- The deputy campaign manager of the NPP has alleged that Mahama collected bribe monies from Airbus through a fake company he had established
- Mustapha Abdul-Hamid made the allegation at a news conference on the back of news that GOG began chasing Ghana’s share of the airbus compensation
- Mahama had always maintained his innocence despite being named as the government official one in the scandal
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Former President John Dramani Mahama reportedly set up a fake company in Ghana to collect the bribes being paid by Airbus, YEN.com.gh has gathered.
The disclosure was made at a news conference in Accra on Friday, December 4, 2020, by the governing New Patriotic Party (NPP).
Addressing the presser, the deputy campaign manager of the NPP, Mustapha Abdul Hamid, said Ghana was singled out in the scandal because of the “impunity linked to Mahama’s determination to continue cashing in on bribes in the face of international exposure.”
According to Hamid, the presidential candidate of the National Democratic Congress (NDC) in the December 7 general elections, “directed his brother to set up a bogus company in Ghana to receive bribe payments.”
Mahama and his family were embroiled in, what the US Department of Justice described as the “largest global foreign bribery” case to date. The crime was uncovered by three-country investigations—the US, France, and the UK.
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An amount of €3.8m was reportedly paid to the Mahamas before the exposure.
“Despite the case having been exposed, however, the Mahama brothers continued to demand that the rest of the bribe be rightfully paid them, according to court documents. This is greed with impunity,” Abdul-Hamid told the news conference.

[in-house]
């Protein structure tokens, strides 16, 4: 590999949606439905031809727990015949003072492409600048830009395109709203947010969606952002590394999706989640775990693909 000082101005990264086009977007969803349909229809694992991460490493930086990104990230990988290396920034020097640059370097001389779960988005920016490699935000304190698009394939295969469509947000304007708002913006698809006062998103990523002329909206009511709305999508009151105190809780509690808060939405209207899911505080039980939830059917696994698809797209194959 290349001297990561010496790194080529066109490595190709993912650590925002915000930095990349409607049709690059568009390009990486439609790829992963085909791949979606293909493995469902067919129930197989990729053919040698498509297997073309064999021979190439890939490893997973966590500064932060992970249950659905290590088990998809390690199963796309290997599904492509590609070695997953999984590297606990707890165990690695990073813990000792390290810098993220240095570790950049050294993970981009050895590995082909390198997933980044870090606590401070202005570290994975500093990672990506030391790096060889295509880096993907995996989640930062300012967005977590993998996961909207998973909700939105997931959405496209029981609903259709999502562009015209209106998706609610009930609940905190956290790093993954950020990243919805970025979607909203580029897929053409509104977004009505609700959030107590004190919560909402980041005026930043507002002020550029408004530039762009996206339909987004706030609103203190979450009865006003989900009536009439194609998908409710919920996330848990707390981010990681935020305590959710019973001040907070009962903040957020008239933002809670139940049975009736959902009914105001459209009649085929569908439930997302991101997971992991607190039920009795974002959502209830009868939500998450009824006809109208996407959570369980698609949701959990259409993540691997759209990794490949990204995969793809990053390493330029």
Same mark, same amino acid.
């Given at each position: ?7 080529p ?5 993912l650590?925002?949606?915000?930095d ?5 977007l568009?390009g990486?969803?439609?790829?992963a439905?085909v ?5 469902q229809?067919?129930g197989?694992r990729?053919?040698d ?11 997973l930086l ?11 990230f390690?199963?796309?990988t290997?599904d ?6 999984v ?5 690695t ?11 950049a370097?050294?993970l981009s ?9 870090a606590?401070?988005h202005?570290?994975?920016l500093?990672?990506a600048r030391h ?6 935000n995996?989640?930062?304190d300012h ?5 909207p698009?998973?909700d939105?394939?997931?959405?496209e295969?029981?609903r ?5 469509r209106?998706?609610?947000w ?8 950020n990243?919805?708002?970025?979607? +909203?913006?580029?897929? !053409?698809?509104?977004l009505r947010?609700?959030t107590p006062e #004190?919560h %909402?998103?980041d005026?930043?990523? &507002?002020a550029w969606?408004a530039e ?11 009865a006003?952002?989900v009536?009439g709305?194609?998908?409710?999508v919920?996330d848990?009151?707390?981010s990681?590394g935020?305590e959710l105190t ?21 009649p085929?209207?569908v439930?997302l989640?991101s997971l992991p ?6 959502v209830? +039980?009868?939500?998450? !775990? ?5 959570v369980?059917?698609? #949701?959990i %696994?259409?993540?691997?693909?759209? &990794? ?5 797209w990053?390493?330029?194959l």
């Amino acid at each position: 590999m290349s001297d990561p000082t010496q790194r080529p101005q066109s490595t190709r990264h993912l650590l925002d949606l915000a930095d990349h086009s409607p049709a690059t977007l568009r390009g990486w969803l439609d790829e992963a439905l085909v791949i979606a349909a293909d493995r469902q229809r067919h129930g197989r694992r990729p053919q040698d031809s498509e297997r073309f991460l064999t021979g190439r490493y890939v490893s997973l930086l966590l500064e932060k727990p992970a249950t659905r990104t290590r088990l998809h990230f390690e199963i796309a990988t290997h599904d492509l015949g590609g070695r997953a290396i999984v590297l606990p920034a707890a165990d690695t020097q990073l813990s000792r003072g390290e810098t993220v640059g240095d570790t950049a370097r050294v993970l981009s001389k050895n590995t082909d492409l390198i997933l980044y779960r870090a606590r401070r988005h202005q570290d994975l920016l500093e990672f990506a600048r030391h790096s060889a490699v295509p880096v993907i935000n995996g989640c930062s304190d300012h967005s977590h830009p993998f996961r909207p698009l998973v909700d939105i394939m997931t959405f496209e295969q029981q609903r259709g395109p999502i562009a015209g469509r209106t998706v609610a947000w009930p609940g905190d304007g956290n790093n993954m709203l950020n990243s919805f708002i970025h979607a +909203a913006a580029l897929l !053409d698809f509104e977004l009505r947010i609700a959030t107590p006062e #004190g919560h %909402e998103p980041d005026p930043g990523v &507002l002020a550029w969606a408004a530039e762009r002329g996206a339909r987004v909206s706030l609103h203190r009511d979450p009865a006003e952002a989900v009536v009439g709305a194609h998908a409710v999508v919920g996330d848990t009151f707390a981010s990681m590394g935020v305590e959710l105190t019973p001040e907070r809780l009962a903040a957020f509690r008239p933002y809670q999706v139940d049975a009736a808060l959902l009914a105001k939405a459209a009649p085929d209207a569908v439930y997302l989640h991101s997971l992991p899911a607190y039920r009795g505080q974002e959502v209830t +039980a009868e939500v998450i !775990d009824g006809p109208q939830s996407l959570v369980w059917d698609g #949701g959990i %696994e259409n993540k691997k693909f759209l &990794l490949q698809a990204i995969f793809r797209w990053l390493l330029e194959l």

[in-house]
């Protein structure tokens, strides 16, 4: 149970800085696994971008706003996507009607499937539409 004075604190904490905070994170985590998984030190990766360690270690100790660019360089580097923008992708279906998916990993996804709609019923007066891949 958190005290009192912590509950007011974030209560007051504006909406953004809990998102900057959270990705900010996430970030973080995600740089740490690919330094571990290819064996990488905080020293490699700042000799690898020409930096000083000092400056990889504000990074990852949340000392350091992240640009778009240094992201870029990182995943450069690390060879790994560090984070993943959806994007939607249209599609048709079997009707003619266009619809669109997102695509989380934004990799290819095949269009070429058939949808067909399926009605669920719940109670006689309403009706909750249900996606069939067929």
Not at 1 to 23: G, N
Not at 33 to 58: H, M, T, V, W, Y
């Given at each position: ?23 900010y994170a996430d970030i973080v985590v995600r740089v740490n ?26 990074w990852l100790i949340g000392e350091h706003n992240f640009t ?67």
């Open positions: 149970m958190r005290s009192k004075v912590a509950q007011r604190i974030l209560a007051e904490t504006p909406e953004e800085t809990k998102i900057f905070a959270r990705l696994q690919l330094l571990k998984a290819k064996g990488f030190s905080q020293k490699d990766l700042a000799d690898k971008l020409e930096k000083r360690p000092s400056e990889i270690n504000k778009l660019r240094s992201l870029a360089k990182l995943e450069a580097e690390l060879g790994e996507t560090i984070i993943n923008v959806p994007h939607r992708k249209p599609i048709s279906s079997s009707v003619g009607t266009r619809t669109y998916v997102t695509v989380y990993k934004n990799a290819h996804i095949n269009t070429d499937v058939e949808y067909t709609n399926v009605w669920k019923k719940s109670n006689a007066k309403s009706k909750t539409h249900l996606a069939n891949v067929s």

Meanwhile, the Akufo-Addo administration had begun moves to have Ghana’s share of the Airbus scandal compensation repatriated, YEN.com.gh can report.
Airbus was fined about $3.9 billion in reimbursement after admitting it had for years engaged in bribery to smoothen its operations.
YEN.com.gh understands that Ghana is entitled to about $30 million of the fine.
Meanwhile, despite being named as ‘government official one’ in the scandal, Mahama denied his involvement.
He broke his silence on the issue in June, arguing that due diligence was followed in the purchase of the two aircraft for the Ghana Armed Forces.
In a separate development, the former president expressed optimism in winning the upcoming presidential race.
He described his campaign as satisfactory despite the strenuous nature of it due to the COVID-19 scourge. He said the feedback from electorates was refreshing.
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